The image (Figure 1) below on 'How Cryptojacking Works' is a simple illustration by the European Union Agency for Network and Information Security giving us a visual representation on how a cryptojacking scenario takes place. First, a computer user accesses a website that has been compromised with cryptomining script. From there, the embedded script code on the malicious or compromised site may load or install the cryptojacking malware, which will in return start actively mining for cryptocurrency over the Internet on behalf of the threat actor, or hacker. The process of mining cryptocurrency will add a new blockchain with each successful action through solving computations as a part of cryptocurrency mining. As such, the reward is cryptocurrency coins that the threat actor or hacker can then cash-in whenever they desire.

Figure 1. Diagram flow-chart of how cryptojacking works. Source: European Union Agency for Network and Information Security (ENISA)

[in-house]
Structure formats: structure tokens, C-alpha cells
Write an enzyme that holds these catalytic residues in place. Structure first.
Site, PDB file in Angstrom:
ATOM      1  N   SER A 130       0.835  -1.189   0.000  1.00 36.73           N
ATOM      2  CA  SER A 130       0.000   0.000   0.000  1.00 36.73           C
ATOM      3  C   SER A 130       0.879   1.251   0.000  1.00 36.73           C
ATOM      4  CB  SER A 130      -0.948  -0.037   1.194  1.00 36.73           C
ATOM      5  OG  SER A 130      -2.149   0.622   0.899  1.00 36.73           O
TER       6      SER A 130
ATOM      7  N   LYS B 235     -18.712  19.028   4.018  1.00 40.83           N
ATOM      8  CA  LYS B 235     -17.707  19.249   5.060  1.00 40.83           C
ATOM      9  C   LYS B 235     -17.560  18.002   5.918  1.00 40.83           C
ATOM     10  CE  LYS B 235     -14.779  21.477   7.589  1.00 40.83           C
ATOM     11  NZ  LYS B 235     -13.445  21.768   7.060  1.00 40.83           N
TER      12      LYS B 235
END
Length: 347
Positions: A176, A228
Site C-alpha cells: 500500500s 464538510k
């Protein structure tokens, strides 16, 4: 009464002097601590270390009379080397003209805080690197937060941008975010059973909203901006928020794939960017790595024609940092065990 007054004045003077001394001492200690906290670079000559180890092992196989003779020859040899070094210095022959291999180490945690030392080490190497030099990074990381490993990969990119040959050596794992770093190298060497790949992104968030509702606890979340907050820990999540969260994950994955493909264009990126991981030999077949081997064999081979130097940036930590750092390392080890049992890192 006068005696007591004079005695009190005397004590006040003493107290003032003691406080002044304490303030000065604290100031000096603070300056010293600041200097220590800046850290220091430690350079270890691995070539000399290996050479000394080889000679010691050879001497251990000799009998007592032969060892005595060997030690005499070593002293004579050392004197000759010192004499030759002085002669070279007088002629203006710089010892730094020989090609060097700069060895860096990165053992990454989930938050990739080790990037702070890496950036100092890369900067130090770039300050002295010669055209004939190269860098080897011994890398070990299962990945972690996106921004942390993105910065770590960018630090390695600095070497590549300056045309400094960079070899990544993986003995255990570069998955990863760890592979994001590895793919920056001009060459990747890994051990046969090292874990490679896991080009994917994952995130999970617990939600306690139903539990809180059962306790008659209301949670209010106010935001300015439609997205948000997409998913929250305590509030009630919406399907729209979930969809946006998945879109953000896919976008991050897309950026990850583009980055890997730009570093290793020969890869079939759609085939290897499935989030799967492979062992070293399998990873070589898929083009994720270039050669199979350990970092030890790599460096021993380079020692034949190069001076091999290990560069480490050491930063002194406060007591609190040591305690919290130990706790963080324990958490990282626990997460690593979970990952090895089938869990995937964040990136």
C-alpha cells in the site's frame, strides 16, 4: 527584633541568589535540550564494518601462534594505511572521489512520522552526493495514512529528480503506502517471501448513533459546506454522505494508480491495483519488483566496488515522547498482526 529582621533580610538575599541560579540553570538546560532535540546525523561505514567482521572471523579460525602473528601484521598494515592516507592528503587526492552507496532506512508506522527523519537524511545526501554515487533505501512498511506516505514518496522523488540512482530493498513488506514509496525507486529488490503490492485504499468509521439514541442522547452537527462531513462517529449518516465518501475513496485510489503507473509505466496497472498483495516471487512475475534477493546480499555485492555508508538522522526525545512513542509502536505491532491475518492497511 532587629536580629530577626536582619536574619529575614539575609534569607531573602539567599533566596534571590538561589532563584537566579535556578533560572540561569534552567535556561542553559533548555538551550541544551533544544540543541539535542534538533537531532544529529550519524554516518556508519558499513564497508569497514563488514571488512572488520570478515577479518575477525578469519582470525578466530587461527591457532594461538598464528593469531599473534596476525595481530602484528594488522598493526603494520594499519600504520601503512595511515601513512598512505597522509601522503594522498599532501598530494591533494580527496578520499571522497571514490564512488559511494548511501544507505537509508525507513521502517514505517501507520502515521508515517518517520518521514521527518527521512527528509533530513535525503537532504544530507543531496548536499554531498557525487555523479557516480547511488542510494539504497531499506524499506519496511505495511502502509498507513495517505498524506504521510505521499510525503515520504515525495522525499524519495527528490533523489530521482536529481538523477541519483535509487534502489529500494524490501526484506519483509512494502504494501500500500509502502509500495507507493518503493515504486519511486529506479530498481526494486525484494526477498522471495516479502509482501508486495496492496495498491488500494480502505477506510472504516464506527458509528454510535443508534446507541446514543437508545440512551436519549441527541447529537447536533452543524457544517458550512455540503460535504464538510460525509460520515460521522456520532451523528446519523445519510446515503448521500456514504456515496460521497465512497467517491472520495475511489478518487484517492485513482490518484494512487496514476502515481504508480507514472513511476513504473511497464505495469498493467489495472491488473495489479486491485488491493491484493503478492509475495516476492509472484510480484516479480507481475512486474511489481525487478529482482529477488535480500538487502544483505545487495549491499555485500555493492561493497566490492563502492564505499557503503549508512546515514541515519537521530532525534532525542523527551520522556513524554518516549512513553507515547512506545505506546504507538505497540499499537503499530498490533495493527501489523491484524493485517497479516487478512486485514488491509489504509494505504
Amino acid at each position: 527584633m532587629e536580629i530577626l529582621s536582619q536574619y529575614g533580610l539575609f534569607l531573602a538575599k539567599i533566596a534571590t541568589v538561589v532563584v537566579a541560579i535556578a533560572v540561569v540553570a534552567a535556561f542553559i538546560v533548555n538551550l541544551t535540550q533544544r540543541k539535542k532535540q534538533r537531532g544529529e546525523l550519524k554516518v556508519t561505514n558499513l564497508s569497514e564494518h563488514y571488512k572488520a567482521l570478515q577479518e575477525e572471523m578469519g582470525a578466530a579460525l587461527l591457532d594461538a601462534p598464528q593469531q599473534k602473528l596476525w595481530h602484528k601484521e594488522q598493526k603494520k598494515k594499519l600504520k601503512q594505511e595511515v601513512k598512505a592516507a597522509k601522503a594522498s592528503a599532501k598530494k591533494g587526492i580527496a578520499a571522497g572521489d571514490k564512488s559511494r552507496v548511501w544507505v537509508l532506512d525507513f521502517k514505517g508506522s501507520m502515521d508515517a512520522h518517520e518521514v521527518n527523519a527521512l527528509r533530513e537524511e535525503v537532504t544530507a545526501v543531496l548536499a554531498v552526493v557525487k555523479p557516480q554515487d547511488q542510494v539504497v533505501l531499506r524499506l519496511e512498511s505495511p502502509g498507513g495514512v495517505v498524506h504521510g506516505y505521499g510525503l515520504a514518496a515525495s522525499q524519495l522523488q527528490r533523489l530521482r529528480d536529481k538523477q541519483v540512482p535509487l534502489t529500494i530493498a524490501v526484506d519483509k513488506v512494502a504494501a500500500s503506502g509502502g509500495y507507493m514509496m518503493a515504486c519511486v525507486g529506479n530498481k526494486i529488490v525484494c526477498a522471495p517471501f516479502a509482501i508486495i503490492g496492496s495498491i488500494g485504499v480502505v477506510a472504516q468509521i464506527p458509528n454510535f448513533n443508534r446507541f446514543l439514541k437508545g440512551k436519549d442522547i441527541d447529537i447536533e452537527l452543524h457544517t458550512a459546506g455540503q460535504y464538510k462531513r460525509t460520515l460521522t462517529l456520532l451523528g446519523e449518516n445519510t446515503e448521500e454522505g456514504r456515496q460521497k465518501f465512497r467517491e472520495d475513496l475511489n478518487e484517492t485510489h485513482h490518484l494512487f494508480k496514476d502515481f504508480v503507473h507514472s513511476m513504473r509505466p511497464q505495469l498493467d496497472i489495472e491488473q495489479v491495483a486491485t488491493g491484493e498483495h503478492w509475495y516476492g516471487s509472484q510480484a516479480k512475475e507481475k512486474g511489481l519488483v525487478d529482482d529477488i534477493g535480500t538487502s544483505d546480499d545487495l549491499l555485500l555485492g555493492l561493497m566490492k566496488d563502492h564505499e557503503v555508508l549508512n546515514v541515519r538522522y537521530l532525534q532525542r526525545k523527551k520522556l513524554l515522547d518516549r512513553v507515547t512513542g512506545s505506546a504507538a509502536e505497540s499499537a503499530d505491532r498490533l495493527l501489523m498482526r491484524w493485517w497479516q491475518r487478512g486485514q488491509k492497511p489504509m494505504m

how cryptojacking works diagram image

Just last year, during the months of October and November, cryptojacking scripts affecting mobile devices increased by 287%, according to analysis by the mobile security firm Wandera. The most troubling part of cryptojacking is the idea of it spreading through websites, ones that have been hacked and injected with malicious script code that ultimately affects a computer visiting a specific site, such as show in Figure 2 below of the Politifact site's CDN (Content Delivery Network) source code demonstrates. Sites known to have spread such malicious code are numbered in the thousands, including countless porn sites and CDN services that help render many popular sites. The following notable sites, some of which are still actively infected, are known to have cryptojacking source code embedded that may have originated from a hacked CDN service at one time:


Figure 2. Website Politifact shown with coinhive cryptojacking source code after compromise of it's CDN service. Source:
politifact cryptojacking coinhive code via hacked cdn

Note: While many of the popular websites listed above were found to have embedded cryptojacking code at some time, some of the sites may have addressed the issue or the Content Delivery Network has taken action to stop the nefarious uses of Coinhive and injected malicious scripts. However, most of the companies who have sites leveraged by crypojacking have yet to issue any statements or make claims to being free from cryptojacking code. We urge users to utilize caution when visiting any of the sites listed above.